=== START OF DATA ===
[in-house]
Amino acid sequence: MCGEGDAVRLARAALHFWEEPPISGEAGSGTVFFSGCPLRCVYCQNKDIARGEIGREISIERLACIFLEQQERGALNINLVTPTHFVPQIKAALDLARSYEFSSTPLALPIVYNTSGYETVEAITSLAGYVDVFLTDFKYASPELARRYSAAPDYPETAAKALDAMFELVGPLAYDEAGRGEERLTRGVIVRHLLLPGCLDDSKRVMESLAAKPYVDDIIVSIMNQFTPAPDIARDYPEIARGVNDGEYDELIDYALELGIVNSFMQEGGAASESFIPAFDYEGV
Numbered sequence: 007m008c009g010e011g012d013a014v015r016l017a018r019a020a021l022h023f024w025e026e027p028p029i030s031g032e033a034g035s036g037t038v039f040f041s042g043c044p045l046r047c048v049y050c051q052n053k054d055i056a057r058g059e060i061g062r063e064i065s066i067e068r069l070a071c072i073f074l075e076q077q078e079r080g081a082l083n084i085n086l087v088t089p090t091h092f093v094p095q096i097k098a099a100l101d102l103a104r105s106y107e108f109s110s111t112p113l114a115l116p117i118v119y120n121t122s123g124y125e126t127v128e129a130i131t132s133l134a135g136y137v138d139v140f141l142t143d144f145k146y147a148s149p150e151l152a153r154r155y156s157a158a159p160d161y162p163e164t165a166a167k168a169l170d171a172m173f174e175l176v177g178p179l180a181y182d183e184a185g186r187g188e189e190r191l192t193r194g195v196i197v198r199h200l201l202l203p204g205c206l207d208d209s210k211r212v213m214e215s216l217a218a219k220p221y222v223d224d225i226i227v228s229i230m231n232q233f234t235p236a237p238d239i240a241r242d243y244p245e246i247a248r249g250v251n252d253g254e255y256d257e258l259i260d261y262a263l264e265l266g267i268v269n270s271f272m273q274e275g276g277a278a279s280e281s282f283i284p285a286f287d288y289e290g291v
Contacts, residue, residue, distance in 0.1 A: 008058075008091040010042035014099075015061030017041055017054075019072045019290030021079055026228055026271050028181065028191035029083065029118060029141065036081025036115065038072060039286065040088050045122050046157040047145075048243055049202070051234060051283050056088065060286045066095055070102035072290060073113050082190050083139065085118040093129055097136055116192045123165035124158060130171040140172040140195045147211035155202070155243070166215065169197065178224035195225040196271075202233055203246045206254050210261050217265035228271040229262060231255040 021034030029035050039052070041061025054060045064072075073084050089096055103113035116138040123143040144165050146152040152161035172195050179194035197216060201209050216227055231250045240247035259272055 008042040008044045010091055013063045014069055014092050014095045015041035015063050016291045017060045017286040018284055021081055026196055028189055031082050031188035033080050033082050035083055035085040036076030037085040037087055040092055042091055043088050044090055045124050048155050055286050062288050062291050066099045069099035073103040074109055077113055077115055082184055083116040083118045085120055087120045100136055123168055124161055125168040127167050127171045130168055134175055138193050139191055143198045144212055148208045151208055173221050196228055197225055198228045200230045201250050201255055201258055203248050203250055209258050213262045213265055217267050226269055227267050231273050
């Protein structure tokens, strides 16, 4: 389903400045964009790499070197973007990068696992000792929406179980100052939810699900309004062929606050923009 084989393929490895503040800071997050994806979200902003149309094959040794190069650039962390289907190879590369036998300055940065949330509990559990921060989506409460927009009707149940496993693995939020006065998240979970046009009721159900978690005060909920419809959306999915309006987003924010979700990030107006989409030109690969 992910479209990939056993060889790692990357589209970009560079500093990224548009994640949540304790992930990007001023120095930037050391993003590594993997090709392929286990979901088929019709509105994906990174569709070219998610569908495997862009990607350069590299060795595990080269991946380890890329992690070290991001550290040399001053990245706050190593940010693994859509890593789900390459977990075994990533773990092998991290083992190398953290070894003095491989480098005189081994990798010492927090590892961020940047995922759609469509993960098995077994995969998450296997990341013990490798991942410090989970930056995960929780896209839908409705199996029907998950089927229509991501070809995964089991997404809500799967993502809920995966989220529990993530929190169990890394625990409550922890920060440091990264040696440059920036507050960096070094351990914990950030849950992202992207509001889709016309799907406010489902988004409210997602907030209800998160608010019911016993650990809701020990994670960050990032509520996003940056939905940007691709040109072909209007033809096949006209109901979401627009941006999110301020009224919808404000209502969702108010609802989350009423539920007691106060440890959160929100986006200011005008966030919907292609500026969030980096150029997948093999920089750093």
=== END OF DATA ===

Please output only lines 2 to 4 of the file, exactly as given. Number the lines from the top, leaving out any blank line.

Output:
Amino acid sequence: MCGEGDAVRLARAALHFWEEPPISGEAGSGTVFFSGCPLRCVYCQNKDIARGEIGREISIERLACIFLEQQERGALNINLVTPTHFVPQIKAALDLARSYEFSSTPLALPIVYNTSGYETVEAITSLAGYVDVFLTDFKYASPELARRYSAAPDYPETAAKALDAMFELVGPLAYDEAGRGEERLTRGVIVRHLLLPGCLDDSKRVMESLAAKPYVDDIIVSIMNQFTPAPDIARDYPEIARGVNDGEYDELIDYALELGIVNSFMQEGGAASESFIPAFDYEGV
Numbered sequence: 007m008c009g010e011g012d013a014v015r016l017a018r019a020a021l022h023f024w025e026e027p028p029i030s031g032e033a034g035s036g037t038v039f040f041s042g043c044p045l046r047c048v049y050c051q052n053k054d055i056a057r058g059e060i061g062r063e064i065s066i067e068r069l070a071c072i073f074l075e076q077q078e079r080g081a082l083n084i085n086l087v088t089p090t091h092f093v094p095q096i097k098a099a100l101d102l103a104r105s106y107e108f109s110s111t112p113l114a115l116p117i118v119y120n121t122s123g124y125e126t127v128e129a130i131t132s133l134a135g136y137v138d139v140f141l142t143d144f145k146y147a148s149p150e151l152a153r154r155y156s157a158a159p160d161y162p163e164t165a166a167k168a169l170d171a172m173f174e175l176v177g178p179l180a181y182d183e184a185g186r187g188e189e190r191l192t193r194g195v196i197v198r199h200l201l202l203p204g205c206l207d208d209s210k211r212v213m214e215s216l217a218a219k220p221y222v223d224d225i226i227v228s229i230m231n232q233f234t235p236a237p238d239i240a241r242d243y244p245e246i247a248r249g250v251n252d253g254e255y256d257e258l259i260d261y262a263l264e265l266g267i268v269n270s271f272m273q274e275g276g277a278a279s280e281s282f283i284p285a286f287d288y289e290g291v
Contacts, residue, residue, distance in 0.1 A: 008058075008091040010042035014099075015061030017041055017054075019072045019290030021079055026228055026271050028181065028191035029083065029118060029141065036081025036115065038072060039286065040088050045122050046157040047145075048243055049202070051234060051283050056088065060286045066095055070102035072290060073113050082190050083139065085118040093129055097136055116192045123165035124158060130171040140172040140195045147211035155202070155243070166215065169197065178224035195225040196271075202233055203246045206254050210261050217265035228271040229262060231255040 021034030029035050039052070041061025054060045064072075073084050089096055103113035116138040123143040144165050146152040152161035172195050179194035197216060201209050216227055231250045240247035259272055 008042040008044045010091055013063045014069055014092050014095045015041035015063050016291045017060045017286040018284055021081055026196055028189055031082050031188035033080050033082050035083055035085040036076030037085040037087055040092055042091055043088050044090055045124050048155050055286050062288050062291050066099045069099035073103040074109055077113055077115055082184055083116040083118045085120055087120045100136055123168055124161055125168040127167050127171045130168055134175055138193050139191055143198045144212055148208045151208055173221050196228055197225055198228045200230045201250050201255055201258055203248050203250055209258050213262045213265055217267050226269055227267050231273050